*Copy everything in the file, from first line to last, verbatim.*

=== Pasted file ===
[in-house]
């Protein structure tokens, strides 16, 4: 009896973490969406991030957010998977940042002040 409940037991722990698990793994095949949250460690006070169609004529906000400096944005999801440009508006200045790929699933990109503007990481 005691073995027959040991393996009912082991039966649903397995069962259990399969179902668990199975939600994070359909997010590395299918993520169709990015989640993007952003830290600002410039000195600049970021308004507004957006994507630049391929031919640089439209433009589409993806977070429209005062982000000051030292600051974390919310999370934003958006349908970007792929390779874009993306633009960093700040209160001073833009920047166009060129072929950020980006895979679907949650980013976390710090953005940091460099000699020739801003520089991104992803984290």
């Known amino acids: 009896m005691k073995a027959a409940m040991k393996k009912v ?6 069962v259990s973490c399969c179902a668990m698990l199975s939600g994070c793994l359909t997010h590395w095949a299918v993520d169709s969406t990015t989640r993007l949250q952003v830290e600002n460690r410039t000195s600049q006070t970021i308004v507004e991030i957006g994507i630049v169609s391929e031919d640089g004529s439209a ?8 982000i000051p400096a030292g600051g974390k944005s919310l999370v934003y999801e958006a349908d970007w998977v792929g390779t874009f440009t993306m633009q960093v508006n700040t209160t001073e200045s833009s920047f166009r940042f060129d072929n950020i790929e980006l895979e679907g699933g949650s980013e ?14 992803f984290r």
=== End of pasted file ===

[in-house]
């Protein structure tokens, strides 16, 4: 009896973490969406991030957010998977940042002040 409940037991722990698990793994095949949250460690006070169609004529906000400096944005999801440009508006200045790929699933990109503007990481 005691073995027959040991393996009912082991039966649903397995069962259990399969179902668990199975939600994070359909997010590395299918993520169709990015989640993007952003830290600002410039000195600049970021308004507004957006994507630049391929031919640089439209433009589409993806977070429209005062982000000051030292600051974390919310999370934003958006349908970007792929390779874009993306633009960093700040209160001073833009920047166009060129072929950020980006895979679907949650980013976390710090953005940091460099000699020739801003520089991104992803984290």
């Known amino acids: 009896m005691k073995a027959a409940m040991k393996k009912v ?6 069962v259990s973490c399969c179902a668990m698990l199975s939600g994070c793994l359909t997010h590395w095949a299918v993520d169709s969406t990015t989640r993007l949250q952003v830290e600002n460690r410039t000195s600049q006070t970021i308004v507004e991030i957006g994507i630049v169609s391929e031919d640089g004529s439209a ?8 982000i000051p400096a030292g600051g974390k944005s919310l999370v934003y999801e958006a349908d970007w998977v792929g390779t874009f440009t993306m633009q960093v508006n700040t209160t001073e200045s833009s920047f166009r940042f060129d072929n950020i790929e980006l895979e679907g699933g949650s980013e ?14 992803f984290r």